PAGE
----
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Knave, who takes himself to be fo. No body is answerable for more Understanding than God Almighty has given him; and therefore, tho' I fhould be in the wrong, if I tell your Lordships truly and plainly what I am really convinced of, I fhall behave myself like an honeft Man: For it is my Duty, as long as I have the Honour to fit in this Houfe, to hide nothing from your Lordships, which I think may concern His Majefty's Service, your Lordship's Intereft, or the good and quiet of the People of England.
The Queftion, in my Opinion, which now lies before your Lordships, is not what we are to do, but whether at this time we can do any thing as a Parliament, it being very clear to me, that the Parliament is Diffolved: And if in this Opinion I have the misfortune to be mistaken, I have another Misfortune join'd to it, for I defire to maintain the Argument with all the Judges and Lawyers in England, and leave it afterwards to your Lordships to decide, whether I am in the right or no. This, my Lords, I fpeak not out of Arrogance, but in my own Juftification, becaufe if I were not throughly convinc'd, that what I have now to urge, is grounded upon the Fundamental Laws of England, and that the not preffing it at this time, might prove to be of a moft dangerous confequence, both to His Majefty and the whole Nation, I should have been loth to start a Notion, which perhaps may not be very agree
agreeable to fome People. And yet, my Lords, when I confider where I am, who I now speak to, and what was spoken in this Place about the time of the laft Prorogation, I can hardly believe what I have to fay will be distaftful to your Lordships.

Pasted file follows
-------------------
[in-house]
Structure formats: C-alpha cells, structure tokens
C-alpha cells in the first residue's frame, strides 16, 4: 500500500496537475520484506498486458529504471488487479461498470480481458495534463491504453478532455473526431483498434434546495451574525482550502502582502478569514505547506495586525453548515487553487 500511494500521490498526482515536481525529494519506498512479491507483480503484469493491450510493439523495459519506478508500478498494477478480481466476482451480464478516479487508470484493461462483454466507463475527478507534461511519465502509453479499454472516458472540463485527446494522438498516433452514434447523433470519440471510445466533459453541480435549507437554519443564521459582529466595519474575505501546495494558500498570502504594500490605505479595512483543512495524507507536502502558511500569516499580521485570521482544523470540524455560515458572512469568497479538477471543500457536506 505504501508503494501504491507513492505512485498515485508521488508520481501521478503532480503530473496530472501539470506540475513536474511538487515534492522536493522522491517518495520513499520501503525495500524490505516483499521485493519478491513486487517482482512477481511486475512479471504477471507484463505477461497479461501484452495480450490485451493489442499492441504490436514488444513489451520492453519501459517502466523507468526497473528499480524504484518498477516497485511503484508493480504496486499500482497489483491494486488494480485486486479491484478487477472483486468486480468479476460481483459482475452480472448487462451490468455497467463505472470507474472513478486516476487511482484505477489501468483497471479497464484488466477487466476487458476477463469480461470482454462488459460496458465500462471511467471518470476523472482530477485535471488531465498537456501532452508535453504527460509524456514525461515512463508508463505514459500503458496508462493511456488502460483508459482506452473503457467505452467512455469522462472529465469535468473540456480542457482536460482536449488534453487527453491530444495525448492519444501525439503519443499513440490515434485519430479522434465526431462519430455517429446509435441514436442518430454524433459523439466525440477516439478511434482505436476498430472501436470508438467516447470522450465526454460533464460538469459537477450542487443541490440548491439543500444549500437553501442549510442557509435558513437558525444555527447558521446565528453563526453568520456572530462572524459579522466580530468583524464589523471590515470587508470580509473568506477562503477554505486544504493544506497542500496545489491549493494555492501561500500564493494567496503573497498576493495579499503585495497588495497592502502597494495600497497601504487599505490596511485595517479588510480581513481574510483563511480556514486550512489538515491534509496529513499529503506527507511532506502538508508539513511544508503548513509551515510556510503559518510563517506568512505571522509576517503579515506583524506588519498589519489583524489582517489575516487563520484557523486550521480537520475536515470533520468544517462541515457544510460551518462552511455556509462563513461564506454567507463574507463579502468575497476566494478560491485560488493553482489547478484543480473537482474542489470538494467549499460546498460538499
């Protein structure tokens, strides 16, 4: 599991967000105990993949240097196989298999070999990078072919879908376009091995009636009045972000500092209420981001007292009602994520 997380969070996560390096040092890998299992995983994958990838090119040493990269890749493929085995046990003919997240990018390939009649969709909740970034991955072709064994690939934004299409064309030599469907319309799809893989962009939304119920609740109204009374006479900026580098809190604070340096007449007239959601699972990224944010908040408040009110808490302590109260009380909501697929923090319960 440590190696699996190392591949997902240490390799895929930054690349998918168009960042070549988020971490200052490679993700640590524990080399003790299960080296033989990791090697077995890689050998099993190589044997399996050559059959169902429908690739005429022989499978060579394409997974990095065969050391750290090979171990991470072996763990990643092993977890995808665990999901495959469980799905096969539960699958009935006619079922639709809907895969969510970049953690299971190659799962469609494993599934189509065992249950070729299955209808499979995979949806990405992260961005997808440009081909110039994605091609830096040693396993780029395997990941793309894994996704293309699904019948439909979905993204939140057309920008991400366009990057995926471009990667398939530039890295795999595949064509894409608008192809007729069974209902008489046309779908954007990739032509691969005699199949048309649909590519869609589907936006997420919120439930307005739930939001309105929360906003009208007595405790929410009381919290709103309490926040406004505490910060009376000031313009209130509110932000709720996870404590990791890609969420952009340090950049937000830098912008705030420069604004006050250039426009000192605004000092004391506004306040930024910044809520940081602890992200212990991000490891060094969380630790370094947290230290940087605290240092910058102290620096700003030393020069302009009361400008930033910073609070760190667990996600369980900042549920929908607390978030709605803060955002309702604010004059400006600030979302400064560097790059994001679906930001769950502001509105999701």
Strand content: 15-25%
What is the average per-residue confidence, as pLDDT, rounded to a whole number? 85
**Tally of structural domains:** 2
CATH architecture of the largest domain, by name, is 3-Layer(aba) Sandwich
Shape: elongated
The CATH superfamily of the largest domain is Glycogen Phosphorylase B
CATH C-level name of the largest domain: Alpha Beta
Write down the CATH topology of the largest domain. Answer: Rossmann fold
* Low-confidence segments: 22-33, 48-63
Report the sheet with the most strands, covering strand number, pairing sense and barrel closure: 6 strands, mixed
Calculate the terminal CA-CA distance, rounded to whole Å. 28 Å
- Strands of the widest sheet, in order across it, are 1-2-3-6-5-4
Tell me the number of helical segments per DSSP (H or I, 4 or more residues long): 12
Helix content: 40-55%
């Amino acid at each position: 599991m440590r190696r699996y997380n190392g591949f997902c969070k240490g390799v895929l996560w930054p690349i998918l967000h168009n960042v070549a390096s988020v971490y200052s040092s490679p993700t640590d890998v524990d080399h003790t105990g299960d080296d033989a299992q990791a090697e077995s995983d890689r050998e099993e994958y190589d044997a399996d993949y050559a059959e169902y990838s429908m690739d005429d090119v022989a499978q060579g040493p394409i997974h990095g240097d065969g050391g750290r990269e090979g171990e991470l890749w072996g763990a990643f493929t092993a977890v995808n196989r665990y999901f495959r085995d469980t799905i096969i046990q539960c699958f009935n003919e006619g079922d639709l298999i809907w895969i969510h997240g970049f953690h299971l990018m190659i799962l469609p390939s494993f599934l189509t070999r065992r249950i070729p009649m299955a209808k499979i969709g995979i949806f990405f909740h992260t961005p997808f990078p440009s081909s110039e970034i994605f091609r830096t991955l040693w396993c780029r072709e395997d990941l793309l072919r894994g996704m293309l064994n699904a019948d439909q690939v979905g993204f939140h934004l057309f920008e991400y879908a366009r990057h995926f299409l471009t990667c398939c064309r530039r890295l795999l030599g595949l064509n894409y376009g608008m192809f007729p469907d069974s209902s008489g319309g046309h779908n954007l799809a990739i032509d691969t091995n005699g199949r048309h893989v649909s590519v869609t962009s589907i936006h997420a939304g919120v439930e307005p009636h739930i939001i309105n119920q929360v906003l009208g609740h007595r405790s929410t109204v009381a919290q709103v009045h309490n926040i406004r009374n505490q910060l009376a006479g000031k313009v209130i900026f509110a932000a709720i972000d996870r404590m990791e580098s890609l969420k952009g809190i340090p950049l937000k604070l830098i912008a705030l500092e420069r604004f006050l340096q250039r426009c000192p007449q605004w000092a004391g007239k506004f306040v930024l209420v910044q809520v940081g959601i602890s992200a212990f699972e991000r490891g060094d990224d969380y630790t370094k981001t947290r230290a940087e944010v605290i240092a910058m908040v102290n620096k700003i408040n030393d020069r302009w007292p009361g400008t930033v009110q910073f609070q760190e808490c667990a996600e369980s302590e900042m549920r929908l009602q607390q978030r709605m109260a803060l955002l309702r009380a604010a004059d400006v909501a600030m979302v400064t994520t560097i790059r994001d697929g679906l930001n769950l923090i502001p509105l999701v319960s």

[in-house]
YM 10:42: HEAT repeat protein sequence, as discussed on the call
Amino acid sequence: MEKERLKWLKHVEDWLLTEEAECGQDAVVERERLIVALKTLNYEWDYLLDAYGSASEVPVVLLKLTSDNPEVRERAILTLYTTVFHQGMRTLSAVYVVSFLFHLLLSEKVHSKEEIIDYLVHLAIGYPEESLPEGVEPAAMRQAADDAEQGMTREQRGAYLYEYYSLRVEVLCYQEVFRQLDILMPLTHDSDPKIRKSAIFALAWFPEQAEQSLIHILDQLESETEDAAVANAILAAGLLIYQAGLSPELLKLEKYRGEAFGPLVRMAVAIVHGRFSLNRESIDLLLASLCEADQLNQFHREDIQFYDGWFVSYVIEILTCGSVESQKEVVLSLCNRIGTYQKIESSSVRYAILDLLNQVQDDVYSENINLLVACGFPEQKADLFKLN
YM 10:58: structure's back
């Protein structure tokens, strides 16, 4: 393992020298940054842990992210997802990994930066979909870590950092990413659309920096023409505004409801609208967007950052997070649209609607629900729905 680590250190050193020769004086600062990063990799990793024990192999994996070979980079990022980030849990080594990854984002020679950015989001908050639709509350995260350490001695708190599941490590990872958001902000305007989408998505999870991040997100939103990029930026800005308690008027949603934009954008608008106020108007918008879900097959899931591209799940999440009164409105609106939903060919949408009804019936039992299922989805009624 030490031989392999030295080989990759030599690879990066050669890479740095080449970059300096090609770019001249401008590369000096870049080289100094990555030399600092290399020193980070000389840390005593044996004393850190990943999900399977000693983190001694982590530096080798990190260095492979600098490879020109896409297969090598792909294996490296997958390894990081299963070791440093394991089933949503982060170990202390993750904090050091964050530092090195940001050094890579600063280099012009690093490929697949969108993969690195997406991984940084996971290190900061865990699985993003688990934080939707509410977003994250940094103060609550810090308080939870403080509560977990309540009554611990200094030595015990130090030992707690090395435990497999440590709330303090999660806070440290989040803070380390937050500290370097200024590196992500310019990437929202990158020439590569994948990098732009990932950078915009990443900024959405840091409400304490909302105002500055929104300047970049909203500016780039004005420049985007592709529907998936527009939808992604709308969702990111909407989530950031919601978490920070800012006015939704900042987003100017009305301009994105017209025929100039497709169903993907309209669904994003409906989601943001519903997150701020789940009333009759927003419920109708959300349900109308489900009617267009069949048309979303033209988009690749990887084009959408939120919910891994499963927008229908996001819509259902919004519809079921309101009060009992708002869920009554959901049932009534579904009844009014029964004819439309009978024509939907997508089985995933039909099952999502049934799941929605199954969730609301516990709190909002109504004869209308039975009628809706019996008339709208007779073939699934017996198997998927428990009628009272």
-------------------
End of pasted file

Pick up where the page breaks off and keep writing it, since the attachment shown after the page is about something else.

I remember very well, how your Lordships were then difpleafed with the Houfe of Commons, and I remember too as well, what Reafons they gave you to be fo. It is not fo long fince, but that I fuppofe your Lordships may call to mind, that after feyeral odd Paffages between us, your Lordships were fo incenfed, that a Motion was made here for an Addrefs to His Majefty, about the Diffolution of this Parliament; and tho' it fail'd of being carried in the Affirmative by two or three Voices, yet this in the Debate was remarkable, That it prevail'd much with the major part of your Lordships that were here prefent, and was only overpower'd by the Proxies of those Lords who never heard the Arguments. What change there has been fince, either in their Behaviour, or in the state of our Affairs, that should make your Lordships change your Opinion, I have not yet heard. And therefore if I can make it appear (as I prefume I fhall) that by Law the Parliament is Diffolved, I prefume your Lordships ought not to be offended at me for it.
I have often wonder'd how it fhould come to pass, that this Houfe of Commons, in which